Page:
Striking research showing the immense complexity of ordinary thought and revealing the identities of the gatekeepers in our minds.

Pub Date: Nov. 1, 2011

ISBN: 978-0-374-27563-1

Page Count: 512

Publisher: Farrar, Straus and Giroux

Review Posted Online: Sept. 4, 2011

Kirkus Reviews Issue: Sept. 15, 2011

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Essential reading for citizens of the here and now. Other economists should marvel at how that plain language can be put to...

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CAPITAL IN THE TWENTY-FIRST CENTURY

A French academic serves up a long, rigorous critique, dense with historical data, of American-style predatory capitalism—and offers remedies that Karl Marx might applaud.

Economist Piketty considers capital, in the monetary sense, from the vantage of what he considers the capital of the world, namely Paris; at times, his discussions of how capital works, and especially public capital, befit Locke-ian France and not Hobbesian America, a source of some controversy in the wide discussion surrounding his book. At heart, though, his argument turns on well-founded economic principles, notably r > g, meaning that the “rate of return on capital significantly exceeds the growth rate of the economy,” in Piketty’s gloss. It logically follows that when such conditions prevail, then wealth will accumulate in a few hands faster than it can be broadly distributed. By the author’s reckoning, the United States is one of the leading nations in the “high inequality” camp, though it was not always so. In the colonial era, Piketty likens the inequality quotient in New England to be about that of Scandinavia today, with few abject poor and few mega-rich. The difference is that the rich now—who are mostly the “supermanagers” of business rather than the “superstars” of sports and entertainment—have surrounded themselves with political shields that keep them safe from the specter of paying more in taxes and adding to the fund of public wealth. The author’s data is unassailable. His policy recommendations are considerably more controversial, including his call for a global tax on wealth. From start to finish, the discussion is written in plainspoken prose that, though punctuated by formulas, also draws on a wide range of cultural references.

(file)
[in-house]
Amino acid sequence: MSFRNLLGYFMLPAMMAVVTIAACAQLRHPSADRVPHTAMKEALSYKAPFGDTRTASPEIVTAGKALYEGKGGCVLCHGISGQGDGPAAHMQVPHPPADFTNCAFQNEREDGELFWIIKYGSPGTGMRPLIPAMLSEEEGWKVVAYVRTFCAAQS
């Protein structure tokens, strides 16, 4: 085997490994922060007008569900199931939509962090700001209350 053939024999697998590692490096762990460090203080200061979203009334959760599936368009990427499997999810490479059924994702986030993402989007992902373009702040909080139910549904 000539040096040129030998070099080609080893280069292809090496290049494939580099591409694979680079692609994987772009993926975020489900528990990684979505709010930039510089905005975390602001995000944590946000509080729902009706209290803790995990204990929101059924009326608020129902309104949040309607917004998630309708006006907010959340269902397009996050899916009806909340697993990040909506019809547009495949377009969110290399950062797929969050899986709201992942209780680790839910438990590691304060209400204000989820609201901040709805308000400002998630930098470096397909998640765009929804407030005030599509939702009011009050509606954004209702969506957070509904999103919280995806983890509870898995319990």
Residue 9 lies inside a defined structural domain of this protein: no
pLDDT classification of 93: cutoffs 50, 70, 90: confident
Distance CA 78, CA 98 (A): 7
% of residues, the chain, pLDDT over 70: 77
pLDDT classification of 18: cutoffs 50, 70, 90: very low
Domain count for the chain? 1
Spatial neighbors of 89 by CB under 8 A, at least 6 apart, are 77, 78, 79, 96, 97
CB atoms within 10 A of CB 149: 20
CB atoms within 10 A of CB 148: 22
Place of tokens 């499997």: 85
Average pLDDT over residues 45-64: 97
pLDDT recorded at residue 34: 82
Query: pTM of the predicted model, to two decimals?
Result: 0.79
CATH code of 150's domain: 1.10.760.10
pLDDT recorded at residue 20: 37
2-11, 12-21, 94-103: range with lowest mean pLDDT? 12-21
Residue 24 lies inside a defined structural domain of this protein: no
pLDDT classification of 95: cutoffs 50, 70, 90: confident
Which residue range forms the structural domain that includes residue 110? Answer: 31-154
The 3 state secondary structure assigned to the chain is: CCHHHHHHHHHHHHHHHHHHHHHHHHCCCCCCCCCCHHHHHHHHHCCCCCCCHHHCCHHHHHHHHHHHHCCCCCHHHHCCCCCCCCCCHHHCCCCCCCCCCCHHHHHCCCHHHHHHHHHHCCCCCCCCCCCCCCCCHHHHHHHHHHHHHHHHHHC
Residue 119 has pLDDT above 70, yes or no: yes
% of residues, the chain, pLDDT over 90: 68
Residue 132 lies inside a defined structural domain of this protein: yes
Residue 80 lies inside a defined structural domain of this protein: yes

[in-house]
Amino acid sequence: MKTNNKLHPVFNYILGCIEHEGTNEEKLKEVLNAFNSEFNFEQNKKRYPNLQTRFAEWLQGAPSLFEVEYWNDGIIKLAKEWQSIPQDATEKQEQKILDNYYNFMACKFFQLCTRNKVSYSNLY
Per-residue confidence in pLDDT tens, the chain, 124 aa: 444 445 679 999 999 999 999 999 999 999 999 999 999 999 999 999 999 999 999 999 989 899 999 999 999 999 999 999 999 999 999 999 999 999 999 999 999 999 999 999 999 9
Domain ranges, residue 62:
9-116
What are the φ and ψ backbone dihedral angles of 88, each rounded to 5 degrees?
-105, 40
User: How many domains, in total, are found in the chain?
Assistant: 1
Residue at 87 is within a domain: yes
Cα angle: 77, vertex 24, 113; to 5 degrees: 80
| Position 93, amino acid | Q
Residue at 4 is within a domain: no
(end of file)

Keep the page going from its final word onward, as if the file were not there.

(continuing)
Essential reading for citizens of the here and now. Other economists should marvel at how that plain language can be put to work explaining the most complex of ideas, foremost among them the fact that economic inequality is at an all-time high—and is only bound to grow worse.

Pub Date: March 10, 2014

ISBN: 978-0-674-43000-6

Page Count: 640

Publisher: Belknap/Harvard Univ.

Review Posted Online: April 30, 2014

Kirkus Reviews Issue: May 15, 2014